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What will impact business energy costs in 2019?

By Direct Energy Business

Here’s the good news: wholesale energy prices are actually quite low. The bad news? Energy consumers watched their costs increase throughout 2018, and can expect that trend to continue. So why don’t the numbers add up?

Direct Energy Business President John Schultz recently shared what’s missing from that equation:

 


In theory, low wholesale prices translate into lower prices for consumers. But in reality, the cost to consumers has actually risen about 8 percent. Here’s why:

Subsidies

As Schultz previously discussed, government subsidies make some sources of energy financially possible. When there is a federal agenda to support a sector of the industry or a specific energy source (be it wind, nuclear, coal, etc.), the government often offers financial backing in the form of subsidies, to both stimulate development, as well as to stabilize it for the long term.

But we all know that there’s no such thing as free lunch. 

The cost of these subsidies ultimately gets passed on to the consumer in non-energy portions of the bill. (Here’s a refresher on what’s included in the fine print of your energy bill). So while subsidies don’t affect the price of energy per se, they do factor in to the bottom line.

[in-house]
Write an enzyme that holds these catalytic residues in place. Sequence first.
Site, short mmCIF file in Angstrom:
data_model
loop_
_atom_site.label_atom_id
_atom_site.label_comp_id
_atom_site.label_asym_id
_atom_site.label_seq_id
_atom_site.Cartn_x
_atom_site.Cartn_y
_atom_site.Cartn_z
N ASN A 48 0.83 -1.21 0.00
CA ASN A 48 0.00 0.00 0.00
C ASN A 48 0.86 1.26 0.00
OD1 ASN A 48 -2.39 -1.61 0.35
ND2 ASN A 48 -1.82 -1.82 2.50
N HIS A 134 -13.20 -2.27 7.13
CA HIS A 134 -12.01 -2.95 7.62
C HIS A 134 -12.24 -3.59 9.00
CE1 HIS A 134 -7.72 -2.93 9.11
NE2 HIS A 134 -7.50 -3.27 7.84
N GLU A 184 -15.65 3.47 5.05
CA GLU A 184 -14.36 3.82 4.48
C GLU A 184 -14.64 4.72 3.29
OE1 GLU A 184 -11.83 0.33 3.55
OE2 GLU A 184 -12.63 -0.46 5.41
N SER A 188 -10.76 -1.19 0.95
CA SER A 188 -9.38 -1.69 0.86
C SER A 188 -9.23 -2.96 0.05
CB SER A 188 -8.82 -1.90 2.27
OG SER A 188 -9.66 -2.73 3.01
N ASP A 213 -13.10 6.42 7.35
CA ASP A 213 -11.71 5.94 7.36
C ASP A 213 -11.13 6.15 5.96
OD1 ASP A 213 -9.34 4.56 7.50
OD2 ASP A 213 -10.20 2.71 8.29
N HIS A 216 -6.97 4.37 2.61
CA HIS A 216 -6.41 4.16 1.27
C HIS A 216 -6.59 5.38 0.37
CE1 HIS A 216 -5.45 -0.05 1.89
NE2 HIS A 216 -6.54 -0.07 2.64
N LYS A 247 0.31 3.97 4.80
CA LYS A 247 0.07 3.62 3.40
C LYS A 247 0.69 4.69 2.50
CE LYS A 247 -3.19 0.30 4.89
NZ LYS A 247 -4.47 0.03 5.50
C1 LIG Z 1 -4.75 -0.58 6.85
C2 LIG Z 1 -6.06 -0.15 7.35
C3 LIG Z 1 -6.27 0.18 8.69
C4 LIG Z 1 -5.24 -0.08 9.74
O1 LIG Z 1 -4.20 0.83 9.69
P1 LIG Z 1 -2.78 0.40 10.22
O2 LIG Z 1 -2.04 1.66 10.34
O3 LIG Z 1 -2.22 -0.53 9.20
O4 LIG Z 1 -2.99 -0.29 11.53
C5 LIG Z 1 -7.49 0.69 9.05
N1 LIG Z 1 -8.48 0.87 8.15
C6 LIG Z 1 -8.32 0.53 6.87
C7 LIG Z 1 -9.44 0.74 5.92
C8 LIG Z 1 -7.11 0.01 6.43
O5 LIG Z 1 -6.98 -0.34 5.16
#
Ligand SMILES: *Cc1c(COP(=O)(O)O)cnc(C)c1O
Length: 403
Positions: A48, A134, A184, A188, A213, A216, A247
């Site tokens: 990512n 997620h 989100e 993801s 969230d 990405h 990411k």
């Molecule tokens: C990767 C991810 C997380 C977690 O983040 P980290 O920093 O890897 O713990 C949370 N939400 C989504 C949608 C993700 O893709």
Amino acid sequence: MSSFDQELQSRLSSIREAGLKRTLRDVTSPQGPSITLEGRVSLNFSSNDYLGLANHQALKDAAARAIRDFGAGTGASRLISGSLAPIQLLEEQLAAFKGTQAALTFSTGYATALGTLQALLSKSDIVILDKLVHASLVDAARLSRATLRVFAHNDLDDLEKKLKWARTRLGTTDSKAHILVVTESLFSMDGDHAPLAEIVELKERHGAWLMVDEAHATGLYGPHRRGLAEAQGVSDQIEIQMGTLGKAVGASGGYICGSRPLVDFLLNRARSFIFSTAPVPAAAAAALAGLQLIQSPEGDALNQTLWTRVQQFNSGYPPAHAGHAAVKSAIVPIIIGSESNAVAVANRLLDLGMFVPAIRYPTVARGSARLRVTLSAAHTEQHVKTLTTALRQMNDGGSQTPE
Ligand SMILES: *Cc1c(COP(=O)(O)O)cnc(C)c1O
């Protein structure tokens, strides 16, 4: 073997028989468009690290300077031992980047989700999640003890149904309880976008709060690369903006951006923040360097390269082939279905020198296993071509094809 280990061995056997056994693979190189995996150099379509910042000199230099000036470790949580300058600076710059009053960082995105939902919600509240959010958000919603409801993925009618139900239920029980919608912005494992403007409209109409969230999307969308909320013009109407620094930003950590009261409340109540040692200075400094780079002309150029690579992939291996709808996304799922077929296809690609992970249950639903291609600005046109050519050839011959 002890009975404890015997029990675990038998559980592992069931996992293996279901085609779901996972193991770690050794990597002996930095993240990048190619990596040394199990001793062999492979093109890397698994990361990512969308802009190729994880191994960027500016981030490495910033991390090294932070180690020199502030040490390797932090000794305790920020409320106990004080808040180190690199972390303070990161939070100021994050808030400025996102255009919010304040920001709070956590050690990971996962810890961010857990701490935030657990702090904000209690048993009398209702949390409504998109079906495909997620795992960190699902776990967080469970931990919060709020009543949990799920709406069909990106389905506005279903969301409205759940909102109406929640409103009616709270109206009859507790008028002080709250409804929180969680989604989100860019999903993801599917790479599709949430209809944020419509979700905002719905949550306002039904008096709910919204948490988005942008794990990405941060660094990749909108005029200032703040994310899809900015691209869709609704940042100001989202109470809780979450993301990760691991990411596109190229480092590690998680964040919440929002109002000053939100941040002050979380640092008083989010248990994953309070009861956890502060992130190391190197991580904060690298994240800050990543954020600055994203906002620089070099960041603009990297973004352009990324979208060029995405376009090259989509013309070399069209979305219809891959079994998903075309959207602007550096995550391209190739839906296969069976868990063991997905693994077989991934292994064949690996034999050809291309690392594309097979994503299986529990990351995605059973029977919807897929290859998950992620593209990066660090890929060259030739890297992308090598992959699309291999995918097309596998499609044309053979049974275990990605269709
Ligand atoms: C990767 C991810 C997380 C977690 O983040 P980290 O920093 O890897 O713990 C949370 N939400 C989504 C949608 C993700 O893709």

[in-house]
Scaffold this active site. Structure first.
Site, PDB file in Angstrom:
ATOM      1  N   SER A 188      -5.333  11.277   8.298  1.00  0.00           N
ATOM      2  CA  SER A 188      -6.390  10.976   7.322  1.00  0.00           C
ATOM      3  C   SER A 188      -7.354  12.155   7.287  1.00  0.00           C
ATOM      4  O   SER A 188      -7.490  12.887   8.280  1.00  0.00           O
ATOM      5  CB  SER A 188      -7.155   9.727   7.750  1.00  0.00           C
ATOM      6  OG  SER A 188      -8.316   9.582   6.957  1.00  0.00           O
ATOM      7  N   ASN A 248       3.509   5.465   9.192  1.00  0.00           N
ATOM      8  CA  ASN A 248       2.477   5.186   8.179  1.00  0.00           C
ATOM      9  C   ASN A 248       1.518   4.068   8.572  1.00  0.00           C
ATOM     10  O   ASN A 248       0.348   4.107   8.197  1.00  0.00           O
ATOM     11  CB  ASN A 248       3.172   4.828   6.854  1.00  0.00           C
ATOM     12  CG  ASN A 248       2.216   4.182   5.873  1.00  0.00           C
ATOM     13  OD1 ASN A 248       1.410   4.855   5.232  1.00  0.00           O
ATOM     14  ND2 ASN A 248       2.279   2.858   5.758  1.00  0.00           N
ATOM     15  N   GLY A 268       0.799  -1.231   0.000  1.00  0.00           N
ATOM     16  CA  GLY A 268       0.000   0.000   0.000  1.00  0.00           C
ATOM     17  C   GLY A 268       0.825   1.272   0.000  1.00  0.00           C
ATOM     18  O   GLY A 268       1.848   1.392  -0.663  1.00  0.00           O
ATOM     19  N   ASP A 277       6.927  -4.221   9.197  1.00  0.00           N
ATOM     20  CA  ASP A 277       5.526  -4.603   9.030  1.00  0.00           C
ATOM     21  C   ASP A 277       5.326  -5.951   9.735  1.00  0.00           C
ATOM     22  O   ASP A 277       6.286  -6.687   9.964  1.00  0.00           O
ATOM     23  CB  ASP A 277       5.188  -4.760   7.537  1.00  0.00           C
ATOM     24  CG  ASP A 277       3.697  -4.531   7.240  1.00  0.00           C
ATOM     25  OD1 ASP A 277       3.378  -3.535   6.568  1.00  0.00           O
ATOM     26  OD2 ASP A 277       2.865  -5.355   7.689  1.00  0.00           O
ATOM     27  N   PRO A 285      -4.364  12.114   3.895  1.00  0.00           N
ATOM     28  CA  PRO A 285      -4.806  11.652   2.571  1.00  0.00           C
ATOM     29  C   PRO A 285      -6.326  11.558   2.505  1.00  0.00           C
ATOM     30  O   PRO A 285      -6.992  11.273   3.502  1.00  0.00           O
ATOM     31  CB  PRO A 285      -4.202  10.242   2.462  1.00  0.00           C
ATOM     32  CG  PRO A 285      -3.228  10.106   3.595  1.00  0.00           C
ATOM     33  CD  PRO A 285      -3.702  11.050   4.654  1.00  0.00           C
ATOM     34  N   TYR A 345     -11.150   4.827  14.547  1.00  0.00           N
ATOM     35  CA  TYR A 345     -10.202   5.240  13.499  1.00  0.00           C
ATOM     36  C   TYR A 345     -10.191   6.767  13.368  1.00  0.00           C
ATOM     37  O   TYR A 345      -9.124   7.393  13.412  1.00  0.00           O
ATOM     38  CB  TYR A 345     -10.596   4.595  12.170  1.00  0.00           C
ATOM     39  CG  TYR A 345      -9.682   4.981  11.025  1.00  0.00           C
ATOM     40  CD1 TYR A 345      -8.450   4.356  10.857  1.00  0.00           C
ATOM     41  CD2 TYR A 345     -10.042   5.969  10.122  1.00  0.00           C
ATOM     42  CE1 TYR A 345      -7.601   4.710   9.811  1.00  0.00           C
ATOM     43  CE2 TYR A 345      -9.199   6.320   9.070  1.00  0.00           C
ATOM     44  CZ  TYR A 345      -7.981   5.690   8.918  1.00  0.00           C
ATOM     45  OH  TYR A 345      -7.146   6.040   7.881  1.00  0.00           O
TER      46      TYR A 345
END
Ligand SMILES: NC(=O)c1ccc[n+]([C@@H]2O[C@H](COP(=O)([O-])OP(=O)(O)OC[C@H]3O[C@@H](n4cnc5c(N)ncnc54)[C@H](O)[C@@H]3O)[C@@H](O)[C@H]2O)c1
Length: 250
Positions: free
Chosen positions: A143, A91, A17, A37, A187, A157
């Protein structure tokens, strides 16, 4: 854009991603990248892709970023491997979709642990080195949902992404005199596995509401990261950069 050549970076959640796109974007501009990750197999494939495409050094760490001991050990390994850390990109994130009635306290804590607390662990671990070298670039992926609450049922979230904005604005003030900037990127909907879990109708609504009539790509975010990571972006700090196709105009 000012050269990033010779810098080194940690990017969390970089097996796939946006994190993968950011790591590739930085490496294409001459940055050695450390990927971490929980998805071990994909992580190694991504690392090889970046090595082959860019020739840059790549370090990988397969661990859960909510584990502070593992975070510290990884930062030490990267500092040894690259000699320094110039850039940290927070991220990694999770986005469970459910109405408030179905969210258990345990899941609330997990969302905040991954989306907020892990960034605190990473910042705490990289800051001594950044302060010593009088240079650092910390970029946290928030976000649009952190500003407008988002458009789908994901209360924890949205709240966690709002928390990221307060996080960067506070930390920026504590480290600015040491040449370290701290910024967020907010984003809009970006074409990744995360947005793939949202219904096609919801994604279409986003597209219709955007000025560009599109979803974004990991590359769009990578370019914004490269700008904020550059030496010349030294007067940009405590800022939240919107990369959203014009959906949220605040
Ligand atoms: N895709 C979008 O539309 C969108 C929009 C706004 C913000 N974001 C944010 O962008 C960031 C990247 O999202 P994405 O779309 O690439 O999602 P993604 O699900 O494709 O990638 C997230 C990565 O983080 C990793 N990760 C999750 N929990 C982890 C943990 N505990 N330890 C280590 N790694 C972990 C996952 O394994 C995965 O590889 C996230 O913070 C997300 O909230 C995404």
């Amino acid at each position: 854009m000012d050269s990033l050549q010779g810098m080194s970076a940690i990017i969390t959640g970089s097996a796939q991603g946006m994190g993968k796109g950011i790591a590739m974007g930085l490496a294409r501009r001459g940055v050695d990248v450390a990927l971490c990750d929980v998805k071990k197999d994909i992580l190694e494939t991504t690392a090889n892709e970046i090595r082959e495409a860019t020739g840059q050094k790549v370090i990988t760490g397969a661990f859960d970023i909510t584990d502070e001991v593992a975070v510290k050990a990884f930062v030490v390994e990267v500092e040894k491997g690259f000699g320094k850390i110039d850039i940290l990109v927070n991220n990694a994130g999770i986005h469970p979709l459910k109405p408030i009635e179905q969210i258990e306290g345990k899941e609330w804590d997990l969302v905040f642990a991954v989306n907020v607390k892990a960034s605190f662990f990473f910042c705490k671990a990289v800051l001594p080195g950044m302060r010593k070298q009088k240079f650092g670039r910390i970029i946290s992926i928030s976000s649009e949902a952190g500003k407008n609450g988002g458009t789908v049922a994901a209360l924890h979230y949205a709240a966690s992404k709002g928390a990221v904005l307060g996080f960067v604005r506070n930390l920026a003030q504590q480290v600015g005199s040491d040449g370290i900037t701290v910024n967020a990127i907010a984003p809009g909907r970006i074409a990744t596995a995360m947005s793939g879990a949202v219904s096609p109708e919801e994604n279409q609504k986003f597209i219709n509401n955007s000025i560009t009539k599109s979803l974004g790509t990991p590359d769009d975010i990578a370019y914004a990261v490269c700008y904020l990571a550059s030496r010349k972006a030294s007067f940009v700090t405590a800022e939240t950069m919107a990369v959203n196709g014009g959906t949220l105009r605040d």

Transmission, Distribution, Reliability & Capacity

Also included in the non-energy portions of the bill are costs like transmission, distribution, reliability, and capacity. While energy itself is quite affordable at the moment, these costs are on the rise, and quite significantly so, in large part due to the abysmal state of energy infrastructure. Utilities are investing around $70 billion annually in transmission & distribution infrastructure, and in many states, utilities are legally allowed to recoup (in some cases with interest) this investment by bundling it into your bill. 

So there’s more to consider than the wholesale price of energy supply when you’re budgeting for energy expenses. Mandatory fees can really add up, and the current trend shows bills inflating significantly despite relatively low wholesale energy prices, with fees consisting of up to 50 percent of the total cost. While the same math will likely hold true for 2019, some suppliers do offer innovative products to help consumers regain control over expenses.

Explore other installments from John Schultz in the series below, or watch the complete interview now.

Posted: January 17, 2019

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